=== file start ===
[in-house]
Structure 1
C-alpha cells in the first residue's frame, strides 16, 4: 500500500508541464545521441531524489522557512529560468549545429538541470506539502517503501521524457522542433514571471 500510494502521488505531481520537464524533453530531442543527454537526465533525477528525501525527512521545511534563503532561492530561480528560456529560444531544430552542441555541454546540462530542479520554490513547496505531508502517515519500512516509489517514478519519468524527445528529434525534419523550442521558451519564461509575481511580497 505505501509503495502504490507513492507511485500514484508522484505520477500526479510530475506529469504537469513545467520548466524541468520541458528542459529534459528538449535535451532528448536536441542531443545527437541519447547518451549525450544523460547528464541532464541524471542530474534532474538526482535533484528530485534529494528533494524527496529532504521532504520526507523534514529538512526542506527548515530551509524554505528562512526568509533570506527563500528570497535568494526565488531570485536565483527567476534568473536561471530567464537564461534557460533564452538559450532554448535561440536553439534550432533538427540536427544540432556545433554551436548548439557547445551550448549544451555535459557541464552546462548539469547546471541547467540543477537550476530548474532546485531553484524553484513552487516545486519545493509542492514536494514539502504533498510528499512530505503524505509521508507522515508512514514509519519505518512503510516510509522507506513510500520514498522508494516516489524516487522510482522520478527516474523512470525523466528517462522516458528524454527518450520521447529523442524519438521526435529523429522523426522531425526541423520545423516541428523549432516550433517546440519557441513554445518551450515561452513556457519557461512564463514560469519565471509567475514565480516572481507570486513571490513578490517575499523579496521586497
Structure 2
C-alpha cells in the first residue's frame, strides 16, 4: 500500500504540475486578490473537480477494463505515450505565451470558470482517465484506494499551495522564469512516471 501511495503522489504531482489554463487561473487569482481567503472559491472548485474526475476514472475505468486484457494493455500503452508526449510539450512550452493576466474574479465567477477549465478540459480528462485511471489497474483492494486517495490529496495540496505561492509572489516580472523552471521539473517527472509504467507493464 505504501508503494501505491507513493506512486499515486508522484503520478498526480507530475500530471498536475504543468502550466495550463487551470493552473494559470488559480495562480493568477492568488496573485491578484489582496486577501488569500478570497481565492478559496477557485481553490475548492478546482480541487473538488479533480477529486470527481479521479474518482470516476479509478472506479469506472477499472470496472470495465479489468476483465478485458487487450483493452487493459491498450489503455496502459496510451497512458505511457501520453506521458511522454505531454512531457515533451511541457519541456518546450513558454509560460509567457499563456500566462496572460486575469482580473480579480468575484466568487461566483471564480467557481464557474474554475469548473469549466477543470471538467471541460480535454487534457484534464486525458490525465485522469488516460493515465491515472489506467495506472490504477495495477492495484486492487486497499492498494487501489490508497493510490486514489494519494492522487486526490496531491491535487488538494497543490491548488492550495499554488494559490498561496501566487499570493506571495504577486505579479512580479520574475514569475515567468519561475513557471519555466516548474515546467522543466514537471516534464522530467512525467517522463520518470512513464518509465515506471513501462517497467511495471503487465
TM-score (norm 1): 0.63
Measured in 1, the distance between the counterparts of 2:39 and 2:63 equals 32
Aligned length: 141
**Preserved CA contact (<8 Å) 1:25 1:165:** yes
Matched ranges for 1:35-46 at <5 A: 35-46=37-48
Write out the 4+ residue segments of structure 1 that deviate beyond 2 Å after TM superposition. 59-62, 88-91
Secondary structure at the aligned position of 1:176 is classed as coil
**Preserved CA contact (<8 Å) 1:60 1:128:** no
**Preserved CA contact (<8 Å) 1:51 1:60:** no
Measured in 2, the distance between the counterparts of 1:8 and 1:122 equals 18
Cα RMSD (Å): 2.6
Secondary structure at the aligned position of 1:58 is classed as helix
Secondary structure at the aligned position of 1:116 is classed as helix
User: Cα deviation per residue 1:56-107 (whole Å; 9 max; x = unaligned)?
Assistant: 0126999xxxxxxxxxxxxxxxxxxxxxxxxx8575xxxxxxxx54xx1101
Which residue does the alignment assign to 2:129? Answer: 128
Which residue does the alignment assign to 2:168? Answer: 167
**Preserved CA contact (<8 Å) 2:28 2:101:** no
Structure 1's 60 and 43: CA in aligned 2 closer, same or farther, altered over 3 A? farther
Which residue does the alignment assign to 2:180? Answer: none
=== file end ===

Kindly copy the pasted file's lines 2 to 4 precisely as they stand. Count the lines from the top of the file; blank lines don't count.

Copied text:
Structure 1
C-alpha cells in the first residue's frame, strides 16, 4: 500500500508541464545521441531524489522557512529560468549545429538541470506539502517503501521524457522542433514571471 500510494502521488505531481520537464524533453530531442543527454537526465533525477528525501525527512521545511534563503532561492530561480528560456529560444531544430552542441555541454546540462530542479520554490513547496505531508502517515519500512516509489517514478519519468524527445528529434525534419523550442521558451519564461509575481511580497 505505501509503495502504490507513492507511485500514484508522484505520477500526479510530475506529469504537469513545467520548466524541468520541458528542459529534459528538449535535451532528448536536441542531443545527437541519447547518451549525450544523460547528464541532464541524471542530474534532474538526482535533484528530485534529494528533494524527496529532504521532504520526507523534514529538512526542506527548515530551509524554505528562512526568509533570506527563500528570497535568494526565488531570485536565483527567476534568473536561471530567464537564461534557460533564452538559450532554448535561440536553439534550432533538427540536427544540432556545433554551436548548439557547445551550448549544451555535459557541464552546462548539469547546471541547467540543477537550476530548474532546485531553484524553484513552487516545486519545493509542492514536494514539502504533498510528499512530505503524505509521508507522515508512514514509519519505518512503510516510509522507506513510500520514498522508494516516489524516487522510482522520478527516474523512470525523466528517462522516458528524454527518450520521447529523442524519438521526435529523429522523426522531425526541423520545423516541428523549432516550433517546440519557441513554445518551450515561452513556457519557461512564463514560469519565471509567475514565480516572481507570486513571490513578490517575499523579496521586497
Structure 2